Belmullet GP with Covid-19 speaks of ‘fear and dread’ in community as cases surge
Dr Fergal Ruane loses count of number of local people he has referred for coronavirus testing
Dr Fergal Ruane tested positive on Friday of last week and has continued to work by phone. Photograph: Stephen Collins/Collins
Dr Fergal Ruane, who has continued to work by phone, has referred so many people to be tested he has stopped counting them.
“I have just pages upon pages on my referral list. I am not even sure how many of my own patients are positive,” he said.
On Friday morning, two thirds of Dr Ruane’s calls were Covid-related. When he spoke to The Irish Times, he had already sent one man to hospital and was about to call back another man to send him there too.
“You have got a huge number like that. The bulk of people come out of it and they are well but when people go down, they go down in a big way,” he said.
“There is fear around and people kind of dread - I do anyway - what is going to happen in the morning, who is going to be sick, which of their neighbours has got sick now.”
Dr Ruane estimates that there have been about 10 deaths from the disease in the locality recently.
He puts the hotspot of infection in Belmullet down to a “perfect storm” of increased socialisation and locals returning from overseas, particularly Britain, for Christmas.
“There was definitely an influx of people from outside the area, mostly coming over from the UK, unchecked and not isolating, and some people making no secret of the fact that they were not isolating,” he said.
“There were some people coming in who had had tests over in the UK and weren’t waiting for results. There was too much socialising going on.”
However, Dr Ruane said the vast majority of local people were careful over Christmas and that the numbers who came home to Belmullet from Britain “who didn’t behave themselves when they came home was small.”
Dr Ruane tested positive on Friday of last week. He praised his staff for helping him when he was juggling the illness and calls with patients of his Belmullet practice on Monday and Tuesday.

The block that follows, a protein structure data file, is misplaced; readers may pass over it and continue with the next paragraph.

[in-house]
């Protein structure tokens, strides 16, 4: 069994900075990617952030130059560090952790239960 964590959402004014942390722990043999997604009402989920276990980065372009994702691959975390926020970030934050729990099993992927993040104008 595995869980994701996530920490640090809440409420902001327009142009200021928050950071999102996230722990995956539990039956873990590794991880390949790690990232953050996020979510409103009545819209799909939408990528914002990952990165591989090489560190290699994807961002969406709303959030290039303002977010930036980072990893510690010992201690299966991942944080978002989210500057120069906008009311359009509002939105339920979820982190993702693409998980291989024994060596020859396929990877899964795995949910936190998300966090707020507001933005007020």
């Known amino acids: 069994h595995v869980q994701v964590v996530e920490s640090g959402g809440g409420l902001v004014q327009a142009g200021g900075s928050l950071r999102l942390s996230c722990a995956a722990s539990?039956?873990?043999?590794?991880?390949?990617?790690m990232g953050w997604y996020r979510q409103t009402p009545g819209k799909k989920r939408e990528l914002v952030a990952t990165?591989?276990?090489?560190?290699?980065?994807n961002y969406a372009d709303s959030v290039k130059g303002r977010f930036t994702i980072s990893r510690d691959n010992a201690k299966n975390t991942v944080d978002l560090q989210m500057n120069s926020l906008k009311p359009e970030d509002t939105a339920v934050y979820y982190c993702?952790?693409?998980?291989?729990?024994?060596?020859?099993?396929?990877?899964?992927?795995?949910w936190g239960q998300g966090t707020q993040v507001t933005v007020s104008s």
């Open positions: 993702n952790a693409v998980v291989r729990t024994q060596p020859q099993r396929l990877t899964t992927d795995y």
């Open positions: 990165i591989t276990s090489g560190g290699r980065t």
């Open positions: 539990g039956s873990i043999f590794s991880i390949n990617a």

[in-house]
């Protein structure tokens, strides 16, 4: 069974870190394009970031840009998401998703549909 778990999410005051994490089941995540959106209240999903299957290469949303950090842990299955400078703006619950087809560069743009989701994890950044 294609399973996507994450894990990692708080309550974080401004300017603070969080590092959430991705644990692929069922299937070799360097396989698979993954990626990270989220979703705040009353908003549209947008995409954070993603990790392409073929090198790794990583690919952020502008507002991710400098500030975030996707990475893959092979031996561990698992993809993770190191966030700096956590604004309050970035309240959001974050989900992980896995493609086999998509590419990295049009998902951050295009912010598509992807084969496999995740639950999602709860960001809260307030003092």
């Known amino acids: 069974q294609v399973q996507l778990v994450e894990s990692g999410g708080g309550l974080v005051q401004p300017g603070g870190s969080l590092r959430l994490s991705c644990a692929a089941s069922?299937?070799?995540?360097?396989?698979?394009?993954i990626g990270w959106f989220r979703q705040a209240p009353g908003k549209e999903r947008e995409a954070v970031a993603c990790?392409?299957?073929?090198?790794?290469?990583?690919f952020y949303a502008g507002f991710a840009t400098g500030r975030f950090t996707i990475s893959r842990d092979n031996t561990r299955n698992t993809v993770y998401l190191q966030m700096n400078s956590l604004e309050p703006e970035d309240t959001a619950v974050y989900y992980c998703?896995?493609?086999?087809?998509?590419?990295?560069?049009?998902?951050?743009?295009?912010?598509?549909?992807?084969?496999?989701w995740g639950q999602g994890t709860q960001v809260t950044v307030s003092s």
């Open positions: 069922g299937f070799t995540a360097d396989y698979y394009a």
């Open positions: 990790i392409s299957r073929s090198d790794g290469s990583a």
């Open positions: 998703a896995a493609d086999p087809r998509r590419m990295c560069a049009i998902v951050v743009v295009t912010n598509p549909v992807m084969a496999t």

“I could manage two phonecalls before I would have to take a break. You are just absolutely debilitated with it. I am coming out of it now,” he said.
Meanwhile, Monaghan-based doctor, Dr Ilona Duffy, told RTÉ’s Morning Ireland programme she believed that the speed at which the virus is spreading was “definitely related to the new UK variant”. Monaghan has also experienced a high rate of Covid-19 infection.
Dr Duffy said during previous outbreaks older members of the community, especially those in residential units, were being impacted more “but this time it’s absolutely in the community.
“It’s absolutely people who are a lot younger, those who we count as middle aged - 50s and 60s - they’re the people we’re seeing deteriorating and presenting in our Covid hubs.
“This virus has changed, it definitely is more endemic in our communities and it’s spreading faster, ripping through families, through workplaces - this is creating huge problems because we’re not getting a handle on it.”
She added that the current lockdown was “very different”.
“We are all meant to be working from home, we’re all meant to be avoiding meeting each other. You just have to walk out into Monaghan town at lunch time and coming home in the evenings to see much higher rates of traffic, much higher flow of people in the streets and in the shops compared to last April and May.
“While people are adhering better to the guidelines, they’re still not adhering fully”.